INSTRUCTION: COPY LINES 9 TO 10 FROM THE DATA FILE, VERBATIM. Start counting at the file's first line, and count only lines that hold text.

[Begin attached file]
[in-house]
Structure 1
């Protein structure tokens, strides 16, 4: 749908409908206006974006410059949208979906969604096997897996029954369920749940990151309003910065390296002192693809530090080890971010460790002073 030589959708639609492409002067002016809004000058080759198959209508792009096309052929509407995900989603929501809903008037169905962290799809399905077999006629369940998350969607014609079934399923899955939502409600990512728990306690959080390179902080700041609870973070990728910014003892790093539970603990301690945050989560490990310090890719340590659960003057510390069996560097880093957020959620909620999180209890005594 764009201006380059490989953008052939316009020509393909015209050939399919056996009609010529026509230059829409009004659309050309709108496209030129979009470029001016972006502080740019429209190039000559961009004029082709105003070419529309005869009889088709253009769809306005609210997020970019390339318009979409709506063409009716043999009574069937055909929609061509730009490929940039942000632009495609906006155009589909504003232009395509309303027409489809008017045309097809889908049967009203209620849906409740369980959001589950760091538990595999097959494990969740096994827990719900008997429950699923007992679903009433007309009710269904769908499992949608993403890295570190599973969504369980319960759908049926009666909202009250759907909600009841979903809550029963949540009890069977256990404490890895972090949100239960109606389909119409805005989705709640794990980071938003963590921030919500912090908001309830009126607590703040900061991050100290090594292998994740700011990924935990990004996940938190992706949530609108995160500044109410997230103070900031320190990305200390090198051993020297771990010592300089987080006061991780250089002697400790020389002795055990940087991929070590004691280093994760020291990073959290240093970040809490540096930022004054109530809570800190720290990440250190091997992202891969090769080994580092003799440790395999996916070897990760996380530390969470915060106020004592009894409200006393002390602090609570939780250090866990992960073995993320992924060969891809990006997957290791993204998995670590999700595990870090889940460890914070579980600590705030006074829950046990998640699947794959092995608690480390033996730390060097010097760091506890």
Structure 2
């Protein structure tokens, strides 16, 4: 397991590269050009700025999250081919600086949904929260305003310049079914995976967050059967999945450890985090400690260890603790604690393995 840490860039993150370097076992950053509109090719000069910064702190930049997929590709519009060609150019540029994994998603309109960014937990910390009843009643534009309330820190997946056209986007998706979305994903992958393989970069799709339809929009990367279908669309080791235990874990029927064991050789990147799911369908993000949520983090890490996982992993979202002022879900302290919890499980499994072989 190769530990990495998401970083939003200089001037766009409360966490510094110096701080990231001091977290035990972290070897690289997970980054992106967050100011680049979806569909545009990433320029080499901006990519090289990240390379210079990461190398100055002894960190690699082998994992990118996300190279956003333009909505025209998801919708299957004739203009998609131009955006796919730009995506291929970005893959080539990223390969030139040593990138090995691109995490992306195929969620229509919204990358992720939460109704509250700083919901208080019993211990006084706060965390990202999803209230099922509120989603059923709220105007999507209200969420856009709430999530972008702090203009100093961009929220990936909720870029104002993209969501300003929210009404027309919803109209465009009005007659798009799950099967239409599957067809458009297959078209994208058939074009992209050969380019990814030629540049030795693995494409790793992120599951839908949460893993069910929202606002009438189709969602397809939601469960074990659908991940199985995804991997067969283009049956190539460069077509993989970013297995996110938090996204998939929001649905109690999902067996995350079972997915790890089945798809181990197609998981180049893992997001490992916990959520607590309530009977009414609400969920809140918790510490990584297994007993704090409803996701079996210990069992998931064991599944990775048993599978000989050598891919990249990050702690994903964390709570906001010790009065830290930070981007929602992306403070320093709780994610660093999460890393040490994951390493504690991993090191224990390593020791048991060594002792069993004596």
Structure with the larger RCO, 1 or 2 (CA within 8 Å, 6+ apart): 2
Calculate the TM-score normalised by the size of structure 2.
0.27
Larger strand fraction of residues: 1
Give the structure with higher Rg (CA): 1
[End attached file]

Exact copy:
Larger strand fraction of residues: 1
Give the structure with higher Rg (CA): 1